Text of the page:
As we wound our way northward up the eastern seaboard, I was on the lookout for two things: lighthouses and seafood. I can happily say we found more of both in Massachusetts.
Yes, that infamous Salem. Around 1692, mass hysteria took hold and led to the deaths of 20 individuals accused of witchcraft. Today, people theorize that the finger pointing and so-called outing of witches was likely to settle personal scores or for personal gain.
There are different companies that provide walking tours where you can learn more about the sad history. I went on one myself but wish the tour was a little less campy and provided more historical context rather than simply pointing out the few surviving locales associated with the Salem witches and witch trials. You may have better luck with other companies.
Nonetheless, if you’re interested in learning about modern day witchcraft, paganism or wicca, Salem is the place to be. There are stores that offer various plants, crystals, spells, fortune telling, etc. This would be a fun place to visit during Halloween! 🎃
Some interesting stops around Salem:
- Bird’s nest art installation
- Burial ground & memorial for those unfortunate souls accused of witchcraft
- Saturday Farmer’s market
RV/Oversized vehicle parking: We camped at Winter Island Park, located a 10-15 min bike ride from the activities of downtown Salem. While the spots were a tad cozy, the campsite started growing on me. I especially enjoyed the sunset views of the boats bobbing on the water and the Fort Pickering Lighthouse. During low tide, you could walk among the rocks at Waikiki Beach and poke around the tide pools.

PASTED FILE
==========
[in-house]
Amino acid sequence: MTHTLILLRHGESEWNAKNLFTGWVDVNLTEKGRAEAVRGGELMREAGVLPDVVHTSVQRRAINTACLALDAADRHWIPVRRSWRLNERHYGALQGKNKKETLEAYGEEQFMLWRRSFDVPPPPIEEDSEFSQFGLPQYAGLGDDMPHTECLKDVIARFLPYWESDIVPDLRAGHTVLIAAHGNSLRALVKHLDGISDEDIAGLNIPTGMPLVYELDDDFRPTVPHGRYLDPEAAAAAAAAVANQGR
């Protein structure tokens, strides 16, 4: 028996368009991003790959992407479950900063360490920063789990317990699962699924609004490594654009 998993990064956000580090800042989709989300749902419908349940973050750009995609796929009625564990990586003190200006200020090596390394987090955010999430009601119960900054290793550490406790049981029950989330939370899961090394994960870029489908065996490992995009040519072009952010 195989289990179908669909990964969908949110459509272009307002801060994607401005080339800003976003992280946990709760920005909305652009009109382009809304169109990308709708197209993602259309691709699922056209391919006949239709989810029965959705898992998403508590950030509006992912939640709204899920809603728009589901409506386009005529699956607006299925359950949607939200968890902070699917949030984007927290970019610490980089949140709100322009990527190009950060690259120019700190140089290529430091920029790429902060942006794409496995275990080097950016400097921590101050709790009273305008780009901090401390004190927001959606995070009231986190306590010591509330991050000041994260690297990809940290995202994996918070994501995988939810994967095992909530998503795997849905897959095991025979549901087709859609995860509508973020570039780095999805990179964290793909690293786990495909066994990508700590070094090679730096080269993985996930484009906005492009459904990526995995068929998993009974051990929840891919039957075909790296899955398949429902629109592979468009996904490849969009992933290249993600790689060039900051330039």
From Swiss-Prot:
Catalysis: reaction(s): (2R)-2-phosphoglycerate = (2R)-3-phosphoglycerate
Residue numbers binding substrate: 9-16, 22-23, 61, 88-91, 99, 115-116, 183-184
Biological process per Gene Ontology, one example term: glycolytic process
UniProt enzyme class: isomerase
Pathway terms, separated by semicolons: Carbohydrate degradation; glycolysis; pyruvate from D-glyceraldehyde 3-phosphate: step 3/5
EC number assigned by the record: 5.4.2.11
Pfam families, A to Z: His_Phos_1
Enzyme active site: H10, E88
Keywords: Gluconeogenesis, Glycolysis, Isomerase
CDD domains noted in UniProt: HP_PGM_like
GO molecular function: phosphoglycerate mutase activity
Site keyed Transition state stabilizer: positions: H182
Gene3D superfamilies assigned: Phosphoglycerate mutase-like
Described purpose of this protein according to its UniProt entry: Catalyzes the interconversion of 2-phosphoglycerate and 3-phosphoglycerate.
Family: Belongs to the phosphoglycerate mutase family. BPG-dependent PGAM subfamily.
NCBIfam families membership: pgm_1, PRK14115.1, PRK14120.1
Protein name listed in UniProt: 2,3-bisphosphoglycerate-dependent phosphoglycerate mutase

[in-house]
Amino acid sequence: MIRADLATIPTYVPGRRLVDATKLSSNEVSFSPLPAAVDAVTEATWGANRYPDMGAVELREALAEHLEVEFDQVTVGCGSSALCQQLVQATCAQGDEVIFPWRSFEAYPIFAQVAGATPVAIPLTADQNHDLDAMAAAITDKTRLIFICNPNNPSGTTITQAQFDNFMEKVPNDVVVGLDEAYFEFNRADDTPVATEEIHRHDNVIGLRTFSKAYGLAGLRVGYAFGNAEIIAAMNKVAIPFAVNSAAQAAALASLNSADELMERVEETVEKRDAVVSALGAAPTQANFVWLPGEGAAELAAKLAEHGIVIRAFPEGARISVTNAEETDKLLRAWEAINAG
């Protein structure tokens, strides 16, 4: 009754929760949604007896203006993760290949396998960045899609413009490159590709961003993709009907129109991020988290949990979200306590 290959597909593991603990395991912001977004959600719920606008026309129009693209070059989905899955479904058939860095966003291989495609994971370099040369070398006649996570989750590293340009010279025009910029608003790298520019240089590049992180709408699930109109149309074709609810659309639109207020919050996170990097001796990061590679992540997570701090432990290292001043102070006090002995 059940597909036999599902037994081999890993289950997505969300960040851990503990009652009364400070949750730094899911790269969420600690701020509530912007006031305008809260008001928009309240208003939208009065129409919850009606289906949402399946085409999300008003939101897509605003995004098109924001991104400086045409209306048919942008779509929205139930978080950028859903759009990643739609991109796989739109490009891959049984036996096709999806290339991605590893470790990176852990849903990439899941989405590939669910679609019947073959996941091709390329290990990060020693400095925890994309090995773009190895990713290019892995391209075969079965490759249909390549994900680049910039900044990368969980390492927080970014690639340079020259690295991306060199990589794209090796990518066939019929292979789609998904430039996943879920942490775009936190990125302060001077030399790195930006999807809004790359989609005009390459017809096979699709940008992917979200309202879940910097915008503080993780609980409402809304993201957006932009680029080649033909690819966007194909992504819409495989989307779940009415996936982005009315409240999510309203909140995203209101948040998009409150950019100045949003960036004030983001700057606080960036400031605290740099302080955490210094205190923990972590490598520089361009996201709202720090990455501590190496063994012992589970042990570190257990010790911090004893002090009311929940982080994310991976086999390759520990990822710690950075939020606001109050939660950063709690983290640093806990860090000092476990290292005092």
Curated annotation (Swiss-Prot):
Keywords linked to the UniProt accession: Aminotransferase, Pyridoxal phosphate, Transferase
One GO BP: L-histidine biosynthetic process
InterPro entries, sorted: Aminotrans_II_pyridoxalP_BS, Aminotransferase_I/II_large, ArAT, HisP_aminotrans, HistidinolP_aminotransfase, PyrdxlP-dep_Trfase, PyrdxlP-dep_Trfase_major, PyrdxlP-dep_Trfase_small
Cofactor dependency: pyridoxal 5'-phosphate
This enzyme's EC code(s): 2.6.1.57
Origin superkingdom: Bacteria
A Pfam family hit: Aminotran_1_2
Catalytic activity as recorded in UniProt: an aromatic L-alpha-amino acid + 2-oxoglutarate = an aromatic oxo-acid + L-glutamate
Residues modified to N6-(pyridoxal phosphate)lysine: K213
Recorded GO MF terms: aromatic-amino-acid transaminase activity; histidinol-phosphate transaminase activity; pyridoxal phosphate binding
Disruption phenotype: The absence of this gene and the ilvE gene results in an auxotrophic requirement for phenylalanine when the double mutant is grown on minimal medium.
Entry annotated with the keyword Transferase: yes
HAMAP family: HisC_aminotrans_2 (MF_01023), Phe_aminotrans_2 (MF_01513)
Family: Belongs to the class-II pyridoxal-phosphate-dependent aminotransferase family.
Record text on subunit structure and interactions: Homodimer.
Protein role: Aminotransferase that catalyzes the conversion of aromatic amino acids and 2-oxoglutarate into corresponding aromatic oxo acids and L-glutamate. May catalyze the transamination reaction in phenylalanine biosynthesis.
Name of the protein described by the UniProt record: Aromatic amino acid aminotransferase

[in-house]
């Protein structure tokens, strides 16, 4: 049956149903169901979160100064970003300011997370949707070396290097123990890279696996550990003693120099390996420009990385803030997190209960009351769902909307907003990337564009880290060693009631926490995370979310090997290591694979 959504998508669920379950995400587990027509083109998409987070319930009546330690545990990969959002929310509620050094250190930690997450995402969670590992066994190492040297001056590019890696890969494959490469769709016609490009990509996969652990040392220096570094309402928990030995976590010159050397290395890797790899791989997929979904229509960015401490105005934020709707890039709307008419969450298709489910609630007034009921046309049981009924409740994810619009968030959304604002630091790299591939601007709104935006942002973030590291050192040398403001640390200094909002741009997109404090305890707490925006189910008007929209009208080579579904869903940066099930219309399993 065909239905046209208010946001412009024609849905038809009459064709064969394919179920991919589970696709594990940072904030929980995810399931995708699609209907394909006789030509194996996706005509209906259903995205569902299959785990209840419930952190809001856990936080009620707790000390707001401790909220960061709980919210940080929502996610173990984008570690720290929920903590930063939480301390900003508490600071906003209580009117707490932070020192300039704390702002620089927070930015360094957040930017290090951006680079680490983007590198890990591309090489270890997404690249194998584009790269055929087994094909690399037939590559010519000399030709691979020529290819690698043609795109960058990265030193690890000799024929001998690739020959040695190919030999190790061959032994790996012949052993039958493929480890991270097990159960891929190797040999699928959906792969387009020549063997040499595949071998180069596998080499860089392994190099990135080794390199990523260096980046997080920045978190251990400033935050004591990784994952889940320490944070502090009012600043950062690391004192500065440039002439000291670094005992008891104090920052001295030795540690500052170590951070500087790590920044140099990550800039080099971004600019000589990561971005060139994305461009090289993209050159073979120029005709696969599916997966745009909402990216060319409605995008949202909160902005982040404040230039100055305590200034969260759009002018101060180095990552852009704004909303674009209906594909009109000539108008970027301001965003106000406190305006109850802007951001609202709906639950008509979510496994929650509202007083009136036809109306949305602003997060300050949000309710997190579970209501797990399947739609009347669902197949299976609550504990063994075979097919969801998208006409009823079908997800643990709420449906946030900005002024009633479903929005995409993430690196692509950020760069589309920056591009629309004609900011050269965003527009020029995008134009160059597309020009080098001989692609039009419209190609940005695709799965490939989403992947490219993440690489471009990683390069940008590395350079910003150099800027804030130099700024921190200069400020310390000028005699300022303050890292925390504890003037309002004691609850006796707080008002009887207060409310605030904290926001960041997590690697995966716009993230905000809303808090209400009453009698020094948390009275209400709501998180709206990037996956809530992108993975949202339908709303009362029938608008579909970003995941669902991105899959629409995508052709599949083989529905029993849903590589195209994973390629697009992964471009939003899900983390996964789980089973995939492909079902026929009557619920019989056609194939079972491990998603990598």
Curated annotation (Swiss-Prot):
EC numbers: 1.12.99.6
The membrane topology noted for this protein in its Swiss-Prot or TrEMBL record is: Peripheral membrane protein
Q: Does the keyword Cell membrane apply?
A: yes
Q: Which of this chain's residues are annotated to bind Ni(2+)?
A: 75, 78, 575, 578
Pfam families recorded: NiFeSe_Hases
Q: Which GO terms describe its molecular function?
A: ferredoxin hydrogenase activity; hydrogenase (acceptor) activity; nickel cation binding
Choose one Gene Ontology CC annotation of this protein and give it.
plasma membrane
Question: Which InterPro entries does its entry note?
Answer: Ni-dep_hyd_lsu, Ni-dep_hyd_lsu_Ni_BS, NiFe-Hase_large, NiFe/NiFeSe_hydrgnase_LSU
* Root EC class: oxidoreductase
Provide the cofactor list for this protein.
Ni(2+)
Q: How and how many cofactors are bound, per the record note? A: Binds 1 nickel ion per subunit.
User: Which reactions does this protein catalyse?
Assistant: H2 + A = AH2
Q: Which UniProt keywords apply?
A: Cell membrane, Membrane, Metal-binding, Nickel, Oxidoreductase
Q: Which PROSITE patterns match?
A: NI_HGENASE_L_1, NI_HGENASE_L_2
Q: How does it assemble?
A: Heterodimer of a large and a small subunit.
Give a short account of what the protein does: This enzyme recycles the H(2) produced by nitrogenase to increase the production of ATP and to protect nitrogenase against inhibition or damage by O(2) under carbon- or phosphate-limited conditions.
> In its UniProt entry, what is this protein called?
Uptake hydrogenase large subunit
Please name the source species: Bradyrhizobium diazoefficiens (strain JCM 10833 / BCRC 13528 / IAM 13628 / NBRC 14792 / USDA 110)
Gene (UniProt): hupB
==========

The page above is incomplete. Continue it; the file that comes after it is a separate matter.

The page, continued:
This beach destination, located in southeastern MA is known for its pretty, little towns, seafood shacks and picturesque views.
From the Cape Cod Visitor’s Center, hop on a 2 mile cycling trail – the Nauset trail – that winds through coastal forests, marshland and then ends at the ocean. It’s a great activity to get your heart rate up with scenic payoffs. The visitor’s center also offers a ranger-led kayak tour that seemed fun. You would need to book in advance.
RV/Oversized Vehicle parking: The visitor’s center has ample parking. If you want to drive to the Nauset Lighthouse, as we did after the bike ride, there’s space to park away from the crowds (see photo above), in the lighthouse parking lot.
For overnight stays, we reserved a couple of nights at Nickerson State Park. While ideally we’d have loved a slightly larger site, we couldn’t complain about the easy access to the lovely, quiet pond.
We boarded the ferry to Martha’s Vineyard from Falmouth, MA. Round-trip fare was $22/person and parking was a whopping $15! It took approximately 45 min each way and was uneventful save for the damp weather. From the ferry disembarkation point, it’s only a short walk to Circuit Ave and the main shopping/dining area and to the gingerbread homes of the Martha’s Vineyard Camp Meeting Association:
Plymouth Rock itself was a little underwhelming – I think I was envisioning more of a behemoth boulder. Apparently, the rock owes its diminished size to a time when people were allowed to take pieces of it home with them. 😕
The town of Plymouth itself proved a fun and entertaining walk. History buffs would enjoy the Pilgrim Hall museum, which was a good place to learn more about our country’s first immigrants. Admission was only $10.